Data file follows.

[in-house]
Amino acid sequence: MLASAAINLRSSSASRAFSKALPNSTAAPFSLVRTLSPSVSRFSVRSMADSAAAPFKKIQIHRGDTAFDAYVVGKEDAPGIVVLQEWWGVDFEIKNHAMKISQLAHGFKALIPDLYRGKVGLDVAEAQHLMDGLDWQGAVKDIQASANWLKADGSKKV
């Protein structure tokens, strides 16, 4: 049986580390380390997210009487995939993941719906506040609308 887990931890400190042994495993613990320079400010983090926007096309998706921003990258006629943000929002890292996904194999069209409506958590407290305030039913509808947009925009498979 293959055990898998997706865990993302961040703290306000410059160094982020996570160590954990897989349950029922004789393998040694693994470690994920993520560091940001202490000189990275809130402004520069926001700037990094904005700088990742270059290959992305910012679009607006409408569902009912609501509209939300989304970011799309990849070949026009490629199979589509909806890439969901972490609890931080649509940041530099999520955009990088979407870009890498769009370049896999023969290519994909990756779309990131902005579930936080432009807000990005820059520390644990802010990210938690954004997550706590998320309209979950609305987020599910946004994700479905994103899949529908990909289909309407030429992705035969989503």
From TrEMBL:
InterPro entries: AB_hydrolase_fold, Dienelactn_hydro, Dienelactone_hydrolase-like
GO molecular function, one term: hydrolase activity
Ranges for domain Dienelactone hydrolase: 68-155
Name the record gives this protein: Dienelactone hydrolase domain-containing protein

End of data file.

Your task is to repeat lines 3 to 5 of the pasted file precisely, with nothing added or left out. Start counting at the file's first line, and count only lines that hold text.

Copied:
């Protein structure tokens, strides 16, 4: 049986580390380390997210009487995939993941719906506040609308 887990931890400190042994495993613990320079400010983090926007096309998706921003990258006629943000929002890292996904194999069209409506958590407290305030039913509808947009925009498979 293959055990898998997706865990993302961040703290306000410059160094982020996570160590954990897989349950029922004789393998040694693994470690994920993520560091940001202490000189990275809130402004520069926001700037990094904005700088990742270059290959992305910012679009607006409408569902009912609501509209939300989304970011799309990849070949026009490629199979589509909806890439969901972490609890931080649509940041530099999520955009990088979407870009890498769009370049896999023969290519994909990756779309990131902005579930936080432009807000990005820059520390644990802010990210938690954004997550706590998320309209979950609305987020599910946004994700479905994103899949529908990909289909309407030429992705035969989503």
From TrEMBL:
InterPro entries: AB_hydrolase_fold, Dienelactn_hydro, Dienelactone_hydrolase-like